This papier-mâché snuff box has been decorated with a copy of Louis-Leopold Boilly’s Les cinq sens [The Five Senses], one of ninety-six lithographic plates later grouped under the collective title Recueil de grimaces [Collection of Grimaces] which were published in Paris between 1823 and 1828.
The underside of the lid is signed by Samuel Raven (c.1774 – 1847), a Birmingham artist who specialised in portraiture and works in miniature. Raven had begun his career working for the japanner Henry Clay but the popularity of his work was such that by 1815 this relationship had inverted, with Clay supplying plain boxes for Raven to decorate on his own account.
By 1820 Raven’s work had become highly regarded and sought after by royalty and other assorted members of the aristocracy. The following notice, which appeared in Aris’s Gazette of 21st February 1820, provides some indication of the extent of his popularity at that time:
‘His Royal Highness the Duke of Sussex, after having personally expressed himself to S. Raven that he was highly gratified with the Segar [sic] Case lately presented to him, was pleased to command that Portraits should be taken, by the same Artist, of his Royal Highness and the late Duke of Kent; which being now finished may be seen previous to their transmission to Kensington Palace, at Mr. Cooke’s, Carver and Gilder, New Street’.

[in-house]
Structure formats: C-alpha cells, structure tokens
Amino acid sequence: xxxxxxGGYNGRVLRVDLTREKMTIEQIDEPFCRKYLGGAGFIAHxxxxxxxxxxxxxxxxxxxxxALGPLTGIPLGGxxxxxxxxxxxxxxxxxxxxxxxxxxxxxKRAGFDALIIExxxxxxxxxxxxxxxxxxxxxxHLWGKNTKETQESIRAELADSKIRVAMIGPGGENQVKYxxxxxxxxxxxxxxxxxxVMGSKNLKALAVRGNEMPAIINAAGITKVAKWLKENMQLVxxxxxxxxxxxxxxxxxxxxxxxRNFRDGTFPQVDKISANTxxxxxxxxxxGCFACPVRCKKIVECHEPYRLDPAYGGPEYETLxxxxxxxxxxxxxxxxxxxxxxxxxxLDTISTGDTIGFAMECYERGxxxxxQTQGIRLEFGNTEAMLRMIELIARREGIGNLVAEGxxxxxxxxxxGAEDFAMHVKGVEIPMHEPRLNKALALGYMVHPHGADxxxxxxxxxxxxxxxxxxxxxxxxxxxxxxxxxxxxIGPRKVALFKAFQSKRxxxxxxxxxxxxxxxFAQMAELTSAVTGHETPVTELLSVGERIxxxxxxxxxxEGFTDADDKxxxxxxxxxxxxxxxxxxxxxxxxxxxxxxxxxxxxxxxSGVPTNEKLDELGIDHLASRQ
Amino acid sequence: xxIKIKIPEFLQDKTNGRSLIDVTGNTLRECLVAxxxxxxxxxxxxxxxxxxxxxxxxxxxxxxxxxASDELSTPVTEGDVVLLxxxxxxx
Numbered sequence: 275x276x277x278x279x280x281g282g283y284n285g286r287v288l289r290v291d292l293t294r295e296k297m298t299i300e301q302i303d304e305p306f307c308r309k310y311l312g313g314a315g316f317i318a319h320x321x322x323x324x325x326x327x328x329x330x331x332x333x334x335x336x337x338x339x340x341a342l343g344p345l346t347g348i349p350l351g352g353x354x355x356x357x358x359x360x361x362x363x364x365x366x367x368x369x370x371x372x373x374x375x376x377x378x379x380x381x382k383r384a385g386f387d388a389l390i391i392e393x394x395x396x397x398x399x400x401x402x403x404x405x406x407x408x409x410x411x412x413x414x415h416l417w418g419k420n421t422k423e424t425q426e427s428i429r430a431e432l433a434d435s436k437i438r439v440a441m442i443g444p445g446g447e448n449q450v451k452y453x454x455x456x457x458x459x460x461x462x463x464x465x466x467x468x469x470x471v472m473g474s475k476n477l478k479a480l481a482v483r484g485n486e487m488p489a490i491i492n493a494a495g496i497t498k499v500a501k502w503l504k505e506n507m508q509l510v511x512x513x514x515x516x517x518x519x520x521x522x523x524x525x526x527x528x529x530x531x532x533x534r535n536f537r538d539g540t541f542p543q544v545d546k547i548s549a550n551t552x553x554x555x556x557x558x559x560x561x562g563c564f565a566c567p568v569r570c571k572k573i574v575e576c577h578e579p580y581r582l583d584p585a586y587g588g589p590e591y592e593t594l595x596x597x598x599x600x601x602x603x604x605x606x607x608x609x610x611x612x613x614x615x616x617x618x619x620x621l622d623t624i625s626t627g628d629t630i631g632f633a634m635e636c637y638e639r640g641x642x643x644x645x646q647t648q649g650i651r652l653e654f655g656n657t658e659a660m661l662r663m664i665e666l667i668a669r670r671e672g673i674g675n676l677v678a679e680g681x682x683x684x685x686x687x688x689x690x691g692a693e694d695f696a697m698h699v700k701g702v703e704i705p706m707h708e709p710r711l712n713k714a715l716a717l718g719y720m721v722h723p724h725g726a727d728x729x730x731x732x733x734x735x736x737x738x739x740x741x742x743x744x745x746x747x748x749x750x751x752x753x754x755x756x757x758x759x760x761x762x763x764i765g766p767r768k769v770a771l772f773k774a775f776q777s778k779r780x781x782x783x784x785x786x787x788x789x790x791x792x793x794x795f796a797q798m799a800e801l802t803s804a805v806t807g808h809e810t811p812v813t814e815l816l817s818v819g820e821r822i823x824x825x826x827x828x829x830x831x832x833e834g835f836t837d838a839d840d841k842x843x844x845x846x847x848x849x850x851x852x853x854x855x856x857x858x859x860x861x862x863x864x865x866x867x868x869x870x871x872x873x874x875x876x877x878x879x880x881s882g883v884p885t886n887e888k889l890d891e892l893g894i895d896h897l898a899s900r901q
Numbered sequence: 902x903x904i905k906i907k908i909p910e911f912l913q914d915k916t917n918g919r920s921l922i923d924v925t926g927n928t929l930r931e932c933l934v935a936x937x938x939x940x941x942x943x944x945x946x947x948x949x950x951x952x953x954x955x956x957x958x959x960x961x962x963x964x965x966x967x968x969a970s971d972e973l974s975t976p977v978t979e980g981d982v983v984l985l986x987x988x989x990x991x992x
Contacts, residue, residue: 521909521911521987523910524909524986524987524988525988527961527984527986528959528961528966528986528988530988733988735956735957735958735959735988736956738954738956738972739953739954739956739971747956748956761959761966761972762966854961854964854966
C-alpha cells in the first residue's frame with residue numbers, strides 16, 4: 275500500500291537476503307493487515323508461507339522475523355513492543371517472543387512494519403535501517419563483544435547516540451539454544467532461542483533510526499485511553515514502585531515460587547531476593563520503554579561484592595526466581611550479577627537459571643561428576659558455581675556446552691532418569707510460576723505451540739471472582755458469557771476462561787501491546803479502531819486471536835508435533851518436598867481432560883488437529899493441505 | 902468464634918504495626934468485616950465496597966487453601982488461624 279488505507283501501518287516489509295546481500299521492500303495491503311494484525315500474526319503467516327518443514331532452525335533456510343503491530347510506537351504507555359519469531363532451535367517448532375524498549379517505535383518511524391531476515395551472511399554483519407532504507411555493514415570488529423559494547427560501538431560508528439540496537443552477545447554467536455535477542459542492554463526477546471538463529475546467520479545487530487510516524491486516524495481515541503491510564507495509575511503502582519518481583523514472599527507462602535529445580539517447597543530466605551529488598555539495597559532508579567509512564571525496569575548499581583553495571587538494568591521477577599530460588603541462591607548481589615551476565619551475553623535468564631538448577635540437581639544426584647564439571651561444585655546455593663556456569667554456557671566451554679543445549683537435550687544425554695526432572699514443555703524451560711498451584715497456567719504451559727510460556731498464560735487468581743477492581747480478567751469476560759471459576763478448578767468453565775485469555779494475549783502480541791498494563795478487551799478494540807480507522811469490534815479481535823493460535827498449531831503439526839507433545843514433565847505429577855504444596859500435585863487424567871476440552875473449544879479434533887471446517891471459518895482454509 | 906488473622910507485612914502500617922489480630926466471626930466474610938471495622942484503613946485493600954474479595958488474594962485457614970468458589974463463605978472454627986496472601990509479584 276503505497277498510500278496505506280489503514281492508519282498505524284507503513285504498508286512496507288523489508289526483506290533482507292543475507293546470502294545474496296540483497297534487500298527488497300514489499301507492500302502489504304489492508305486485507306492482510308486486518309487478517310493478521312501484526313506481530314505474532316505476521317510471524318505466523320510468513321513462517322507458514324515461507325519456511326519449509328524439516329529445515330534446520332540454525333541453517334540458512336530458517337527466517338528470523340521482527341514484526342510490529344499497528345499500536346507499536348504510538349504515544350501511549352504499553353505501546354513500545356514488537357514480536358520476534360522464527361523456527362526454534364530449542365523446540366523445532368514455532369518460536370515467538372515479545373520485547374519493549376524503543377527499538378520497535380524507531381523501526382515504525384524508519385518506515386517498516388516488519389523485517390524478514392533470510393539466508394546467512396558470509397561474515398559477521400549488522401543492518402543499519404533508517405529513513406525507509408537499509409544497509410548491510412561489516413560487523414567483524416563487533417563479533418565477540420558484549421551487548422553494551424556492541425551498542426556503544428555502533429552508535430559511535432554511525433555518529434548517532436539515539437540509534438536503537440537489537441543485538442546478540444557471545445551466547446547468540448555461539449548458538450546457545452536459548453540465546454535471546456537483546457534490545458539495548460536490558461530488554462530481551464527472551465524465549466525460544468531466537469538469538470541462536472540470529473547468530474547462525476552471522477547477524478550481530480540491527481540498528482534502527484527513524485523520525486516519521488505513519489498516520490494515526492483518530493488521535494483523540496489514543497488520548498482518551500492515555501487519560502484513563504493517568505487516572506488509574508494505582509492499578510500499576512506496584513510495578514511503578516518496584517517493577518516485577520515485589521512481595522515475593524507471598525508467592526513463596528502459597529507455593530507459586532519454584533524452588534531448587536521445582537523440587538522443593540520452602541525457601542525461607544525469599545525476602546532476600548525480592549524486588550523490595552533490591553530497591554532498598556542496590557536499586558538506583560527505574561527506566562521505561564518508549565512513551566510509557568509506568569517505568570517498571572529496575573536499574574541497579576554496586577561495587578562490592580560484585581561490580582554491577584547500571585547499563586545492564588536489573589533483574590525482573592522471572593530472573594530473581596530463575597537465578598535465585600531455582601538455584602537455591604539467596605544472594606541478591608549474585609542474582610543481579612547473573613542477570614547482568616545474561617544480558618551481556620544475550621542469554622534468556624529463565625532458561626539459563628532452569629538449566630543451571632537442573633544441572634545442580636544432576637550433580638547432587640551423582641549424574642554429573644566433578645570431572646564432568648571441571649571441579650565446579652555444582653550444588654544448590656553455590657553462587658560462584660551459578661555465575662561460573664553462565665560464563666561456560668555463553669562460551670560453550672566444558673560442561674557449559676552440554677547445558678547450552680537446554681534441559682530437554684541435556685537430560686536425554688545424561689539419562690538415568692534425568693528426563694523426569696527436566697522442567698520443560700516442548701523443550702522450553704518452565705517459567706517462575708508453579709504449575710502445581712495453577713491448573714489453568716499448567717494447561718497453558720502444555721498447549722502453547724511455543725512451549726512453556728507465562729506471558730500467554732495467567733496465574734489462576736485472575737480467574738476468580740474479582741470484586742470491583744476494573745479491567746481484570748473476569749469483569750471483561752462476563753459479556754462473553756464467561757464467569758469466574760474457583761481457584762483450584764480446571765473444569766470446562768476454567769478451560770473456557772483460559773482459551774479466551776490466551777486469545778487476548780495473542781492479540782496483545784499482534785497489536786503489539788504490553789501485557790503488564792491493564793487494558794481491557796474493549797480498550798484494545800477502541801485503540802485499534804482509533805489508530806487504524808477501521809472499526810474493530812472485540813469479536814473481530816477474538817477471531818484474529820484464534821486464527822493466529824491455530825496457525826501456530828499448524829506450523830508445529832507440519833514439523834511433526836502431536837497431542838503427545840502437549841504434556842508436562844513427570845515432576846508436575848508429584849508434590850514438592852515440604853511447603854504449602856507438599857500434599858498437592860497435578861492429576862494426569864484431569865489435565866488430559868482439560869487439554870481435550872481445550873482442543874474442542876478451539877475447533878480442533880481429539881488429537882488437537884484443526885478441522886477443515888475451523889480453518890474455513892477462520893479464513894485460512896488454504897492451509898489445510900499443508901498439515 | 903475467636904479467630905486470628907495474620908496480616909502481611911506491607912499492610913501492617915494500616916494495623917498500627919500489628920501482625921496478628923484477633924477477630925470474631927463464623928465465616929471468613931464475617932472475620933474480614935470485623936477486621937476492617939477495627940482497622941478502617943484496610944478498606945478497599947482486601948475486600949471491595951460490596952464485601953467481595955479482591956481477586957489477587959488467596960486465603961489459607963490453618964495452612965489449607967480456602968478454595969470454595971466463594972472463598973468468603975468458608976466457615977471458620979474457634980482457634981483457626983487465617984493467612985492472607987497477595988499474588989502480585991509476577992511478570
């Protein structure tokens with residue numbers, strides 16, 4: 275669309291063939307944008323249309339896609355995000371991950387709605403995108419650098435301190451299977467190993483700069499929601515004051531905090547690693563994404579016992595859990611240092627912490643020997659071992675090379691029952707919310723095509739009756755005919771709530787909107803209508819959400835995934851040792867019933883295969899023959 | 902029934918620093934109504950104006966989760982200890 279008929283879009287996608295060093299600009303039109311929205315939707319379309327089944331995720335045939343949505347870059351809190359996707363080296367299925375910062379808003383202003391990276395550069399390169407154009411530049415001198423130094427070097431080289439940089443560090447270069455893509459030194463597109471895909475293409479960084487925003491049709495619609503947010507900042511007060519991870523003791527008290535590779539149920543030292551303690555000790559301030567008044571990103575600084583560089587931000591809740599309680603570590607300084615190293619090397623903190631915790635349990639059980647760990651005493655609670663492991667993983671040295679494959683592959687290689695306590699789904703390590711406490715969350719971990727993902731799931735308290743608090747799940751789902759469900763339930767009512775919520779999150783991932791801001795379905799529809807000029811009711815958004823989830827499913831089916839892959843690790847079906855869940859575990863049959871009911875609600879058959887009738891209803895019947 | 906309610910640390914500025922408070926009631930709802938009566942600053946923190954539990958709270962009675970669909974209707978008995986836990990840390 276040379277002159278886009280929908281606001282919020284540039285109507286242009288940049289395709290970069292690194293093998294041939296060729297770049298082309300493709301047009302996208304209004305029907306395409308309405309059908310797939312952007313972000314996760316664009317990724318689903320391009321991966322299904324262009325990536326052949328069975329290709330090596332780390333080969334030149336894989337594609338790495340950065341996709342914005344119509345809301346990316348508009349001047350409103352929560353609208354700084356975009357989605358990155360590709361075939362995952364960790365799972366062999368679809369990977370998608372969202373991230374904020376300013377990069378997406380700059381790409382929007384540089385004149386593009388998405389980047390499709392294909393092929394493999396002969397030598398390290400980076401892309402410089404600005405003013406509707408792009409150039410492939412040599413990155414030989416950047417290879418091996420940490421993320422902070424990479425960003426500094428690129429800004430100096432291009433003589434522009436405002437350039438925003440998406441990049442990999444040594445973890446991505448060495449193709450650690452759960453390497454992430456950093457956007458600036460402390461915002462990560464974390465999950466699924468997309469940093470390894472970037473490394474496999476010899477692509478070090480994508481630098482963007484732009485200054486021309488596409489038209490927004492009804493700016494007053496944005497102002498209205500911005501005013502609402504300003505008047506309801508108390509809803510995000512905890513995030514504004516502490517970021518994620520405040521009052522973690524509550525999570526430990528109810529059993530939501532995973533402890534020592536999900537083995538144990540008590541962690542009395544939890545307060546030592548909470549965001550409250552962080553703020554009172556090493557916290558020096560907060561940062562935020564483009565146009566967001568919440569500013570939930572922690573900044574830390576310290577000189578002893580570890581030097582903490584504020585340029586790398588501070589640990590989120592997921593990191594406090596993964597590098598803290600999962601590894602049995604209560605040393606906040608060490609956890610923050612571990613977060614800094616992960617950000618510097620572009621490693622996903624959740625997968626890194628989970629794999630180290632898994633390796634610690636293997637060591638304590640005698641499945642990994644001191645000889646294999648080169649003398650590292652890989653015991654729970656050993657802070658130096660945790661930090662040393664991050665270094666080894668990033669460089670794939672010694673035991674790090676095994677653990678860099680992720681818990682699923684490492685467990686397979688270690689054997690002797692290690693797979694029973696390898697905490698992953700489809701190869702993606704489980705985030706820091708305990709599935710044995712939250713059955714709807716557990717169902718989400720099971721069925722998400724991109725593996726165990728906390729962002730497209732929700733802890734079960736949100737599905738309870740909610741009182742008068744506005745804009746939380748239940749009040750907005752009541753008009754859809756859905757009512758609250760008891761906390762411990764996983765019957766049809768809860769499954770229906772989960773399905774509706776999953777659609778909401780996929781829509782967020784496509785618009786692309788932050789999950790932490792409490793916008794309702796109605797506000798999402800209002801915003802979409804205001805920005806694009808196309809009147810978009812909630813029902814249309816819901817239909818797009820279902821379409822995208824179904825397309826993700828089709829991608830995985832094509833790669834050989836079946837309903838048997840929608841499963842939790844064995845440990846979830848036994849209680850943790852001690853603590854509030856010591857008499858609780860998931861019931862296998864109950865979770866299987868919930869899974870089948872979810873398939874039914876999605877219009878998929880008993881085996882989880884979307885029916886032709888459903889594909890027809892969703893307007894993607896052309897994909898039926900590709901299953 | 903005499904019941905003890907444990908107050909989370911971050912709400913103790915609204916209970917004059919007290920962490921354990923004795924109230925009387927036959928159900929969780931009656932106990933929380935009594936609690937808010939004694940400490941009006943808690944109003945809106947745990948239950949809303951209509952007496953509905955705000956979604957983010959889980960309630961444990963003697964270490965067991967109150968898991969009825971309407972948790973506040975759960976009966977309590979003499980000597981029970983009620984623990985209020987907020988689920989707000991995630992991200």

It was presumably around this time that Raven began adding the postscript “Patronaged by H.R.H. the Duke of Sussex & Prince Leopold” to his signature as a means of advertising his famous clientele. This box may have originally carried the same message, as there are clearly traces of further writing below the words ‘Raven pinxit’ on the underside of the lid which have subsequently been obliterated.
- A short biography of Samuel Raven, including examples of his work on snuff boxes and a self-portrait of the artist can be found on the Eighteenth Century Birmingham blog.
- Most snuff boxes were small items intended for personal use. The box shown here measures 9.5cm in diameter and was small enough to place in a coat pocket. However Raven also decorated larger boxes for use in taverns and other communal spaces. The V&A has one of those boxes, decorated with a portrait of George IV, in its collection.